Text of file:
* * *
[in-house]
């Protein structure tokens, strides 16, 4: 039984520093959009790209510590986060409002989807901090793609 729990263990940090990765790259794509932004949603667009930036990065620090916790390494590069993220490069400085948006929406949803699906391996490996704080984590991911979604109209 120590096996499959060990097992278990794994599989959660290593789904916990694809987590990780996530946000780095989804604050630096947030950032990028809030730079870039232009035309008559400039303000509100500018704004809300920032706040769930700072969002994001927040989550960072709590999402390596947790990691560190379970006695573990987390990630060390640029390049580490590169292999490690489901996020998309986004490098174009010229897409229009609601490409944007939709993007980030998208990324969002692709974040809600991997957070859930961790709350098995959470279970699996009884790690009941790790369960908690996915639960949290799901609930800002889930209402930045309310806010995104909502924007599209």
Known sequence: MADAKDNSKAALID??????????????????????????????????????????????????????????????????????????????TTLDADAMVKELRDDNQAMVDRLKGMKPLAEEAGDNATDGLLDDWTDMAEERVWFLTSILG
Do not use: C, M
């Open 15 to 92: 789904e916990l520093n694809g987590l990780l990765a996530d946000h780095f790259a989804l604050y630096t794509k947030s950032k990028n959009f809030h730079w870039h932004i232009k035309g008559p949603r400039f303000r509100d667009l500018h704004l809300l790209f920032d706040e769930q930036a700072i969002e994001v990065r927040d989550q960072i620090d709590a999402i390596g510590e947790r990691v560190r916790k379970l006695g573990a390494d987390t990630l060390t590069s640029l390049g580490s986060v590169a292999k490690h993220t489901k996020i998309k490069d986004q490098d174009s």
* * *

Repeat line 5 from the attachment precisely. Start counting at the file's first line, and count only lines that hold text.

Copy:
């Open 15 to 92: 789904e916990l520093n694809g987590l990780l990765a996530d946000h780095f790259a989804l604050y630096t794509k947030s950032k990028n959009f809030h730079w870039h932004i232009k035309g008559p949603r400039f303000r509100d667009l500018h704004l809300l790209f920032d706040e769930q930036a700072i969002e994001v990065r927040d989550q960072i620090d709590a999402i390596g510590e947790r990691v560190r916790k379970l006695g573990a390494d987390t990630l060390t590069s640029l390049g580490s986060v590169a292999k490690h993220t489901k996020i998309k490069d986004q490098d174009s």